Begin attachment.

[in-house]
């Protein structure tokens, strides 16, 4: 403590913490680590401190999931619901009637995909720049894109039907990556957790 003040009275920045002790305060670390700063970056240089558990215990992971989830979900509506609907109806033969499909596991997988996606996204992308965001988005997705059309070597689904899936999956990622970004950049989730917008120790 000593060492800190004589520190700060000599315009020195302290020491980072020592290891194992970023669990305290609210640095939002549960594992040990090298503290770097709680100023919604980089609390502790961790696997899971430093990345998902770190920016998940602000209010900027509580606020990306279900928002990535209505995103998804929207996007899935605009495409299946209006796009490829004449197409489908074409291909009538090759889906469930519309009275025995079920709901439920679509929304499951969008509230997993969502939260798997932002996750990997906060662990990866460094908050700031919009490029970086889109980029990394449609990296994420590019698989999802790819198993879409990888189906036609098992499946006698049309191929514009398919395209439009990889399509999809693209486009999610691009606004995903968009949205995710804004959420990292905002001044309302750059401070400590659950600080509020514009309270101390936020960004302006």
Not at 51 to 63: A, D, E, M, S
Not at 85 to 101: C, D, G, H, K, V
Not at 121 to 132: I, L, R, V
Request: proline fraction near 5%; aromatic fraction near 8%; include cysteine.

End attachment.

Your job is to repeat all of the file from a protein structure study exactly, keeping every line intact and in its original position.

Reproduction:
[in-house]
């Protein structure tokens, strides 16, 4: 403590913490680590401190999931619901009637995909720049894109039907990556957790 003040009275920045002790305060670390700063970056240089558990215990992971989830979900509506609907109806033969499909596991997988996606996204992308965001988005997705059309070597689904899936999956990622970004950049989730917008120790 000593060492800190004589520190700060000599315009020195302290020491980072020592290891194992970023669990305290609210640095939002549960594992040990090298503290770097709680100023919604980089609390502790961790696997899971430093990345998902770190920016998940602000209010900027509580606020990306279900928002990535209505995103998804929207996007899935605009495409299946209006796009490829004449197409489908074409291909009538090759889906469930519309009275025995079920709901439920679509929304499951969008509230997993969502939260798997932002996750990997906060662990990866460094908050700031919009490029970086889109980029990394449609990296994420590019698989999802790819198993879409990888189906036609098992499946006698049309191929514009398919395209439009990889399509999809693209486009999610691009606004995903968009949205995710804004959420990292905002001044309302750059401070400590659950600080509020514009309270101390936020960004302006």
Not at 51 to 63: A, D, E, M, S
Not at 85 to 101: C, D, G, H, K, V
Not at 121 to 132: I, L, R, V
Request: proline fraction near 5%; aromatic fraction near 8%; include cysteine.